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- 20 March 2010 at 11:48 am #3568
The Economist has a useful article explaining the basics behind the science of climate change. (Looking at comments, hasn't affected deniers a jot, but that's to be expected I'm afraid – clearly there are people who won't believe till, say, the Arctic is ice free and even warm…)
Includes:Quote:Constructing a set of data that tells you about the temperature of the Earth over time is much harder than putting together the basic theoretical story of how the temperature should be changing, given what else is known about the universe in general.
Absorb and reflect
The most relevant part of that universal what-else is the requirement laid down by thermodynamics that, for a planet at a constant temperature, the amount of energy absorbed as sunlight and the amount emitted back to space in the longer wavelengths of the infra-red must be the same. In the case of the Earth, the amount of sunlight absorbed is 239 watts per square metre. According to the laws of thermodynamics, a simple body emitting energy at that rate should have a temperature of about –18ºC. You do not need a comprehensive set of surface-temperature data to notice that this is not the average temperature at which humanity goes about its business. The discrepancy is due to greenhouse gases in the atmosphere, which absorb and re-emit infra-red radiation, and thus keep the lower atmosphere, and the surface, warm (see the diagram below). The radiation that gets out to the cosmos comes mostly from above the bulk of the greenhouse gases, where the air temperature is indeed around –18ºC.
Adding to those greenhouse gases in the atmosphere makes it harder still for the energy to get out. As a result, the surface and the lower atmosphere warm up. This changes the average temperature, the way energy moves from the planet’s surface to the atmosphere above it and the way that energy flows from equator to poles, thus changing the patterns of the weather.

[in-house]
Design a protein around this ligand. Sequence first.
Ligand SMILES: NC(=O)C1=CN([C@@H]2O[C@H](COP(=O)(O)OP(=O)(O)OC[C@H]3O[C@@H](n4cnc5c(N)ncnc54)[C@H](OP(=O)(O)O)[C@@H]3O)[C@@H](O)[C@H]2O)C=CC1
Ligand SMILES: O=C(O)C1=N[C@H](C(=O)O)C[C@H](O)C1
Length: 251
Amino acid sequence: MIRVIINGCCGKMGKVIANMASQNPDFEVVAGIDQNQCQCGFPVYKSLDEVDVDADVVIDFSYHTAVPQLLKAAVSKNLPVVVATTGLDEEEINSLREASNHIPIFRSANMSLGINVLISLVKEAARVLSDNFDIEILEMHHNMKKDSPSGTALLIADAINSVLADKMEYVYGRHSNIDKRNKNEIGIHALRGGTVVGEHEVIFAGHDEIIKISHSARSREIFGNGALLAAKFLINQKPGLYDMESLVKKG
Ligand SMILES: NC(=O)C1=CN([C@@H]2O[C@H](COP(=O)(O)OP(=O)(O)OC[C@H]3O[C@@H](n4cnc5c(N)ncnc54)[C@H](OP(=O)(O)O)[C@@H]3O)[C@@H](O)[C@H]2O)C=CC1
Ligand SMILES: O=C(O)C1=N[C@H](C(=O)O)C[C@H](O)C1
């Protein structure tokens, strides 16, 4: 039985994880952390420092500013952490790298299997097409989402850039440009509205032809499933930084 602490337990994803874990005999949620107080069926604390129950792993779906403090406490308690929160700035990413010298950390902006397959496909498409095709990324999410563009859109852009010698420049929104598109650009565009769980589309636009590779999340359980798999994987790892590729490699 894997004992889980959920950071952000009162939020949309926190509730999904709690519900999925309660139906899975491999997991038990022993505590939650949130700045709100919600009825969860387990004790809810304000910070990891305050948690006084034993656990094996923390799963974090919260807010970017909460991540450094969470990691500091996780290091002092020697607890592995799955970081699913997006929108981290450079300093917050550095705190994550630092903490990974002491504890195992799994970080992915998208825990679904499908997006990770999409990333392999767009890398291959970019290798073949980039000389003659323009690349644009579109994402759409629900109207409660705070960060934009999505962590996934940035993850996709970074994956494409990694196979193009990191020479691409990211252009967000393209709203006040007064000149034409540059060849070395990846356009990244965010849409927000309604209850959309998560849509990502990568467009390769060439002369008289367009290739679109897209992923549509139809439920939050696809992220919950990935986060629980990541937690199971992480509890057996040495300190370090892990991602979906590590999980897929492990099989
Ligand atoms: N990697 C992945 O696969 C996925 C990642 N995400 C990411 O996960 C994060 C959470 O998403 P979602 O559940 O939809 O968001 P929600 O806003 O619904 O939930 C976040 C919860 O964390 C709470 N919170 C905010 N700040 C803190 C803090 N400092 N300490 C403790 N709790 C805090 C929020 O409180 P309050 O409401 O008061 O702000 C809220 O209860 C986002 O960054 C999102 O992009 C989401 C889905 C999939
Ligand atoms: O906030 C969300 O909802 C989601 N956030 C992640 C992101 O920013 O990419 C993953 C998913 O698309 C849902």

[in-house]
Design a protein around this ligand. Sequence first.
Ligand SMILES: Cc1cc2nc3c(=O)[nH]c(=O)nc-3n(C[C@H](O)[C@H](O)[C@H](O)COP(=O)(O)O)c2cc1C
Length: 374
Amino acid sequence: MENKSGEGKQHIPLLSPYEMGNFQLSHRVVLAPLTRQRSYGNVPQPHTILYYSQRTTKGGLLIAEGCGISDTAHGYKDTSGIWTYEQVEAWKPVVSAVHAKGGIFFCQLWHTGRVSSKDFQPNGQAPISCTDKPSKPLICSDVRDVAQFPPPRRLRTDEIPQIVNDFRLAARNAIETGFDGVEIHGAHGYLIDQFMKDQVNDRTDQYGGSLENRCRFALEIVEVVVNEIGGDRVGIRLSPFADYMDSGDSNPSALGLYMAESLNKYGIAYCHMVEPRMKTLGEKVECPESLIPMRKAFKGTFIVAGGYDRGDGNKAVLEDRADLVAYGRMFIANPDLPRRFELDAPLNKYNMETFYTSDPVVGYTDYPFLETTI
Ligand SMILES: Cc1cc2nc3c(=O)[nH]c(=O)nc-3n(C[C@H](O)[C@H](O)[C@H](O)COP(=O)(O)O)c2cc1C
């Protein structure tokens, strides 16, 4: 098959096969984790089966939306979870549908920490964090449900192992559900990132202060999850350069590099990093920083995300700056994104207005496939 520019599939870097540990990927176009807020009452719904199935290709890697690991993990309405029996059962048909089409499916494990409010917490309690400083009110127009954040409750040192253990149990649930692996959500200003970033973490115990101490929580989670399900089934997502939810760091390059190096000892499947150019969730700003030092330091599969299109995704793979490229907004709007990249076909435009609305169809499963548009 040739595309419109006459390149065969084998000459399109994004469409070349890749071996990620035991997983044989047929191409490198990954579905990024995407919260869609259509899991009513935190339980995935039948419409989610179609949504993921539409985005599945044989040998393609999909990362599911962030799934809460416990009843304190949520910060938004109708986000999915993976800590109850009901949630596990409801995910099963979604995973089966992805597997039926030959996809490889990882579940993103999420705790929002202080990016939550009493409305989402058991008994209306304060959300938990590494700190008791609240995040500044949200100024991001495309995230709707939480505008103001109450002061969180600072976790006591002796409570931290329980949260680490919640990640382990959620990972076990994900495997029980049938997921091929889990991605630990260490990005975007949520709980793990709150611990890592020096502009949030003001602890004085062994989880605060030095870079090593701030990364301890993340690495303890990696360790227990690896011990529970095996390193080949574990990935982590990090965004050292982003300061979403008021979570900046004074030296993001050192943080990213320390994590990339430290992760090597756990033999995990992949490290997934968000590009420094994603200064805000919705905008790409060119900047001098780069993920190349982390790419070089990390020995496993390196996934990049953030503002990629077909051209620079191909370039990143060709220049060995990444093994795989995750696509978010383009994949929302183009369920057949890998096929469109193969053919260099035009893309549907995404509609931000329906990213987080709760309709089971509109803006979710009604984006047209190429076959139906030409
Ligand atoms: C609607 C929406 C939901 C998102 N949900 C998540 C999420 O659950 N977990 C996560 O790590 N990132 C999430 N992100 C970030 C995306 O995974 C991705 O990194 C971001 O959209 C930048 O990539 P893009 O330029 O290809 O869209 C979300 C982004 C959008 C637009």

The serious disagreements start when discussion turns to the level of warming associated with that rise in carbon dioxide. For various reasons, scientists would not expect temperatures simply to rise in step with the carbon dioxide (and other greenhouse gases).
Using the IPCC’s assessment of probabilities, the sensitivity to a doubling of carbon dioxide of less than 1.5ºC in such a scenario has perhaps one chance in ten of being correct. But if the IPCC were underestimating things by a factor of five or so, that would still leave only a 50:50 chance of such a desirable outcome. The fact that the uncertainties allow you to construct a relatively benign future does not allow you to ignore futures in which climate change is large, and in some of which it is very dangerous indeed. The doubters are right that uncertainties are rife in climate science. They are wrong when they present that as a reason for inaction.
The clouds of unknowing
There are lots of uncertainties in climate science. But that does not mean it is fundamentally wrong [subscription needed]
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